(NaturalNews) Media headlines are full of stories about the fraudulent hucksters who lie at the edges of the natural remedies and anti-vaccine cultures, but when scientists in accepted fields of study are caught faking results and cooking the books, the stories go largely unreported. Andrew Wakefield gets censured for one paper from over ten years ago and it's front page news. When 70 scientific papers from two scientists analyzing chemical structures are found to be well-written fiction, barely a peep is heard.
That was just the tip of the iceberg.
In December, the University of Alabama at Birmingham requested that 11 protein structures be removed from databases and the papers written on them be retracted from journals,1 including the Journal of Biological Chemistry, which has already made the retraction.2
The granddaddy of the group, however, is what was alluded to at the beginning of this article. In January, an editorial appeared in Acta Crystallographica Section E, an eminent Scottish journal of chemistry, and announced the retraction of over 70 peer-reviewed studies by two Chinese scientists from Jinggangshan University.3 At about the same time, the BBC News did a brief story on the money that may have changed hands to facilitate the scientific research – China has a black market for research as professors and others can receive large bonuses for being published in foreign journals.4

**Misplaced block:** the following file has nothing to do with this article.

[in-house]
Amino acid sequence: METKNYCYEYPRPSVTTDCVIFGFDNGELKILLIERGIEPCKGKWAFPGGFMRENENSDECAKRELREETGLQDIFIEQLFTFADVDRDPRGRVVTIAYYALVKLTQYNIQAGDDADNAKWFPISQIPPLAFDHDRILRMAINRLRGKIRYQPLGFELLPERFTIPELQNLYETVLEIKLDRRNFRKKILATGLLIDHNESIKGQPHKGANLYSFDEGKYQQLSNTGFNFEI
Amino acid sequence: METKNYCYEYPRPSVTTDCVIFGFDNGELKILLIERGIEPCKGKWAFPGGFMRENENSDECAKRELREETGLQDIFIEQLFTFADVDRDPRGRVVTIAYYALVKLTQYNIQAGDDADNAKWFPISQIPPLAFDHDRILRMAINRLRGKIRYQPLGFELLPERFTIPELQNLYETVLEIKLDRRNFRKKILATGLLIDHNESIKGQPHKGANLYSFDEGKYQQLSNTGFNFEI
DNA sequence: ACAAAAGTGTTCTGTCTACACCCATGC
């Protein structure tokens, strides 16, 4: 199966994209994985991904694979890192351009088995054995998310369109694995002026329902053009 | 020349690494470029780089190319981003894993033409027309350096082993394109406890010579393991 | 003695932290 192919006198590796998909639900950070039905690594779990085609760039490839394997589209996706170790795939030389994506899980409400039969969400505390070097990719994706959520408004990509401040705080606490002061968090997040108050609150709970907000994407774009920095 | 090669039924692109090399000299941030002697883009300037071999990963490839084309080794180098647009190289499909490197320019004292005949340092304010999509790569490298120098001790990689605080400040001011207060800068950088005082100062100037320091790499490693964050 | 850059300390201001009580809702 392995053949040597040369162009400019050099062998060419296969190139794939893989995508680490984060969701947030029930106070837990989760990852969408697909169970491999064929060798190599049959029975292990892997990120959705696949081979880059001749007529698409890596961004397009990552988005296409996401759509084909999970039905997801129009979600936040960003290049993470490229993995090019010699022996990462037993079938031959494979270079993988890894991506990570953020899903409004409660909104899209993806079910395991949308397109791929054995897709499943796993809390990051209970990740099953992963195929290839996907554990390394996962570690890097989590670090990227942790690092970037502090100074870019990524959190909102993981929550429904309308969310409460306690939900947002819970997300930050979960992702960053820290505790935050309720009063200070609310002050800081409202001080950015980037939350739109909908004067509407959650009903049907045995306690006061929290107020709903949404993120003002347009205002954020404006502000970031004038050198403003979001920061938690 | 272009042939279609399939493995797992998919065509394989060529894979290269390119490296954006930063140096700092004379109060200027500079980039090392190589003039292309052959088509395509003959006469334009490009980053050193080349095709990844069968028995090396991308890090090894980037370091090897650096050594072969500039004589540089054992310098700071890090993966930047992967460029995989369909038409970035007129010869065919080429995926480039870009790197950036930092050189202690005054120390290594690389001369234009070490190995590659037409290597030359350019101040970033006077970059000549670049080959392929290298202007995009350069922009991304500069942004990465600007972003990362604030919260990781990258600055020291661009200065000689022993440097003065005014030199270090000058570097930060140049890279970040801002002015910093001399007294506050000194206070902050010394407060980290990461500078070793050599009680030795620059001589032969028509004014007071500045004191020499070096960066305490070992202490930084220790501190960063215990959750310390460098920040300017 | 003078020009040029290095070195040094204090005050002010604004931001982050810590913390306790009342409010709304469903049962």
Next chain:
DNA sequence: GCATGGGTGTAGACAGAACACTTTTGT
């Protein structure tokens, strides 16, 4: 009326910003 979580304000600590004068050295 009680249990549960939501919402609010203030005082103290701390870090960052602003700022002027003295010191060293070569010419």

In 2008, Mike Adams revealed the ghostwriting of papers isn't just a Chinese phenomenon. Pharmaceutical companies have been doing it for years and were finally exposed. In-house Big Pharma writers pen the scientific papers and then pay off respected doctors and scientists outside of the pharmaceutical company to put their name on it.5
These are just some of the hundreds of stories of scientific fraud and mis-handling that have appeared over the past decade or more. Yet news media and academia rarely question science and pundits on the television point to "peer reviewed science" as if it's the end-all, be-all of the scientific method and provides irrefutable truths.
The peer-review process is not, however, as perfect and sacrosanct as most in academia would like you to believe. In fact, it is fundamentally flawed and is a more recent phenomenon in scientific research and publication than most people realize.